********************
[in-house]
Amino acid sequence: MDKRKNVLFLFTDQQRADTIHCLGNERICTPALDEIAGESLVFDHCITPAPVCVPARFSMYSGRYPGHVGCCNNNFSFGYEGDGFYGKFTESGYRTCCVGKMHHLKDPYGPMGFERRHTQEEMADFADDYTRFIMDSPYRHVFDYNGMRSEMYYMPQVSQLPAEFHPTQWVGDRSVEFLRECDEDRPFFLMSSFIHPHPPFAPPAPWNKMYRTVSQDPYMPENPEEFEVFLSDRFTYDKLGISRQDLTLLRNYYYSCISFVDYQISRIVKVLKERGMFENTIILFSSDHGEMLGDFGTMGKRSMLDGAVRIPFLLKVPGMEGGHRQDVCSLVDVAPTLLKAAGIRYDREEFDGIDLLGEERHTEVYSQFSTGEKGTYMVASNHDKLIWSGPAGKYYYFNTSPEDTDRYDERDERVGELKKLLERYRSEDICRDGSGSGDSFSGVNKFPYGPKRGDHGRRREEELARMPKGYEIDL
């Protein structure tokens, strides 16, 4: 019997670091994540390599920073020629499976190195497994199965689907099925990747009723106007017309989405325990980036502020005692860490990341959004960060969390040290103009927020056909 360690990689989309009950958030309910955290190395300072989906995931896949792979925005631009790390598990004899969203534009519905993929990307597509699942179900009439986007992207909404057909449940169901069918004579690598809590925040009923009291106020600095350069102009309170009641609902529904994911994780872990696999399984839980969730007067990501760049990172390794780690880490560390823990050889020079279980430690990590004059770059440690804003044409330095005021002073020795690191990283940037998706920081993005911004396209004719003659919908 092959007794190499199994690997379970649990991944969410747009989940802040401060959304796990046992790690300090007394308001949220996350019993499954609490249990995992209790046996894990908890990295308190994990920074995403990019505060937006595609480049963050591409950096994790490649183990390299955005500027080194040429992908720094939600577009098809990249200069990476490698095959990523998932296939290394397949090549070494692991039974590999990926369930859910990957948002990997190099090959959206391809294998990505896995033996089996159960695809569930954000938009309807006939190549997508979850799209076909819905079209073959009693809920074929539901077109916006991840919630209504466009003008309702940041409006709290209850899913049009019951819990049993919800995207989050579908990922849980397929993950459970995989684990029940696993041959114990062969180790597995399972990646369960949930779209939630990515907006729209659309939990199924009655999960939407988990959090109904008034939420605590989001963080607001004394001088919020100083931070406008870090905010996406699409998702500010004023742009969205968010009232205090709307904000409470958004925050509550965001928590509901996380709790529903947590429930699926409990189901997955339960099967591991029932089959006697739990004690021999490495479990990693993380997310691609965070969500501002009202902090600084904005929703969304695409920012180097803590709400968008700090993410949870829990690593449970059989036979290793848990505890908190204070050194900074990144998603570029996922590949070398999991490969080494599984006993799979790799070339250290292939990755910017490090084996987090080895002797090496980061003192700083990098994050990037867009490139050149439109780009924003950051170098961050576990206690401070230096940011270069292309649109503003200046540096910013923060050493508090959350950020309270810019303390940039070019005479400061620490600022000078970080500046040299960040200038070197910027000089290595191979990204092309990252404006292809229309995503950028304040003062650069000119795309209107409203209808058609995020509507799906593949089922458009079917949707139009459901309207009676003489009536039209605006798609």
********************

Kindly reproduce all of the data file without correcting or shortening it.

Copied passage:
[in-house]
Amino acid sequence: MDKRKNVLFLFTDQQRADTIHCLGNERICTPALDEIAGESLVFDHCITPAPVCVPARFSMYSGRYPGHVGCCNNNFSFGYEGDGFYGKFTESGYRTCCVGKMHHLKDPYGPMGFERRHTQEEMADFADDYTRFIMDSPYRHVFDYNGMRSEMYYMPQVSQLPAEFHPTQWVGDRSVEFLRECDEDRPFFLMSSFIHPHPPFAPPAPWNKMYRTVSQDPYMPENPEEFEVFLSDRFTYDKLGISRQDLTLLRNYYYSCISFVDYQISRIVKVLKERGMFENTIILFSSDHGEMLGDFGTMGKRSMLDGAVRIPFLLKVPGMEGGHRQDVCSLVDVAPTLLKAAGIRYDREEFDGIDLLGEERHTEVYSQFSTGEKGTYMVASNHDKLIWSGPAGKYYYFNTSPEDTDRYDERDERVGELKKLLERYRSEDICRDGSGSGDSFSGVNKFPYGPKRGDHGRRREEELARMPKGYEIDL
């Protein structure tokens, strides 16, 4: 019997670091994540390599920073020629499976190195497994199965689907099925990747009723106007017309989405325990980036502020005692860490990341959004960060969390040290103009927020056909 360690990689989309009950958030309910955290190395300072989906995931896949792979925005631009790390598990004899969203534009519905993929990307597509699942179900009439986007992207909404057909449940169901069918004579690598809590925040009923009291106020600095350069102009309170009641609902529904994911994780872990696999399984839980969730007067990501760049990172390794780690880490560390823990050889020079279980430690990590004059770059440690804003044409330095005021002073020795690191990283940037998706920081993005911004396209004719003659919908 092959007794190499199994690997379970649990991944969410747009989940802040401060959304796990046992790690300090007394308001949220996350019993499954609490249990995992209790046996894990908890990295308190994990920074995403990019505060937006595609480049963050591409950096994790490649183990390299955005500027080194040429992908720094939600577009098809990249200069990476490698095959990523998932296939290394397949090549070494692991039974590999990926369930859910990957948002990997190099090959959206391809294998990505896995033996089996159960695809569930954000938009309807006939190549997508979850799209076909819905079209073959009693809920074929539901077109916006991840919630209504466009003008309702940041409006709290209850899913049009019951819990049993919800995207989050579908990922849980397929993950459970995989684990029940696993041959114990062969180790597995399972990646369960949930779209939630990515907006729209659309939990199924009655999960939407988990959090109904008034939420605590989001963080607001004394001088919020100083931070406008870090905010996406699409998702500010004023742009969205968010009232205090709307904000409470958004925050509550965001928590509901996380709790529903947590429930699926409990189901997955339960099967591991029932089959006697739990004690021999490495479990990693993380997310691609965070969500501002009202902090600084904005929703969304695409920012180097803590709400968008700090993410949870829990690593449970059989036979290793848990505890908190204070050194900074990144998603570029996922590949070398999991490969080494599984006993799979790799070339250290292939990755910017490090084996987090080895002797090496980061003192700083990098994050990037867009490139050149439109780009924003950051170098961050576990206690401070230096940011270069292309649109503003200046540096910013923060050493508090959350950020309270810019303390940039070019005479400061620490600022000078970080500046040299960040200038070197910027000089290595191979990204092309990252404006292809229309995503950028304040003062650069000119795309209107409203209808058609995020509507799906593949089922458009079917949707139009459901309207009676003489009536039209605006798609």